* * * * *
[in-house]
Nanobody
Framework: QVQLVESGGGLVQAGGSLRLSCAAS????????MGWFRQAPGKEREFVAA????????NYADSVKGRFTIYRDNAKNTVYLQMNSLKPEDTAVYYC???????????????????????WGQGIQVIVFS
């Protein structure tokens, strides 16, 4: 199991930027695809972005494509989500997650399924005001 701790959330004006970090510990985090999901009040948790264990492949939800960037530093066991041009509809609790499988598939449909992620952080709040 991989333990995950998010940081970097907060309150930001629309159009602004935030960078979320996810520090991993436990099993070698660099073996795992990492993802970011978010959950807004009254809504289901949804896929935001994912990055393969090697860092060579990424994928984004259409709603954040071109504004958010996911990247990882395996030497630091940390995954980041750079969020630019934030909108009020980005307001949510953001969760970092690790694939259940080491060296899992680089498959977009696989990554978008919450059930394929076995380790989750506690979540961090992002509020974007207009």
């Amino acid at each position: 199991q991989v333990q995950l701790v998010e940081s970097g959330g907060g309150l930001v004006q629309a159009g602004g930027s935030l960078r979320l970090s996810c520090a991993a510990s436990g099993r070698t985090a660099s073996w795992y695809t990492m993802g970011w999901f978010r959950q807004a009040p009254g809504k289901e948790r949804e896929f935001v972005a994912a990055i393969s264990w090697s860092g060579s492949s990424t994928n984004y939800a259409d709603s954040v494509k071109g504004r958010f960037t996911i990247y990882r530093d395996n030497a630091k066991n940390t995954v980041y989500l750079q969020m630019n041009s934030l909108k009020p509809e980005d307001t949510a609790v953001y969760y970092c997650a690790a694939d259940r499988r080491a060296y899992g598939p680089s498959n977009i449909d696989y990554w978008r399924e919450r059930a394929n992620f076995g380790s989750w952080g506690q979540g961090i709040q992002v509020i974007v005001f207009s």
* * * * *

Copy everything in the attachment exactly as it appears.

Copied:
[in-house]
Nanobody
Framework: QVQLVESGGGLVQAGGSLRLSCAAS????????MGWFRQAPGKEREFVAA????????NYADSVKGRFTIYRDNAKNTVYLQMNSLKPEDTAVYYC???????????????????????WGQGIQVIVFS
């Protein structure tokens, strides 16, 4: 199991930027695809972005494509989500997650399924005001 701790959330004006970090510990985090999901009040948790264990492949939800960037530093066991041009509809609790499988598939449909992620952080709040 991989333990995950998010940081970097907060309150930001629309159009602004935030960078979320996810520090991993436990099993070698660099073996795992990492993802970011978010959950807004009254809504289901949804896929935001994912990055393969090697860092060579990424994928984004259409709603954040071109504004958010996911990247990882395996030497630091940390995954980041750079969020630019934030909108009020980005307001949510953001969760970092690790694939259940080491060296899992680089498959977009696989990554978008919450059930394929076995380790989750506690979540961090992002509020974007207009």
């Amino acid at each position: 199991q991989v333990q995950l701790v998010e940081s970097g959330g907060g309150l930001v004006q629309a159009g602004g930027s935030l960078r979320l970090s996810c520090a991993a510990s436990g099993r070698t985090a660099s073996w795992y695809t990492m993802g970011w999901f978010r959950q807004a009040p009254g809504k289901e948790r949804e896929f935001v972005a994912a990055i393969s264990w090697s860092g060579s492949s990424t994928n984004y939800a259409d709603s954040v494509k071109g504004r958010f960037t996911i990247y990882r530093d395996n030497a630091k066991n940390t995954v980041y989500l750079q969020m630019n041009s934030l909108k009020p509809e980005d307001t949510a609790v953001y969760y970092c997650a690790a694939d259940r499988r080491a060296y899992g598939p680089s498959n977009i449909d696989y990554w978008r399924e919450r059930a394929n992620f076995g380790s989750w952080g506690q979540g961090i709040q992002v509020i974007v005001f207009s």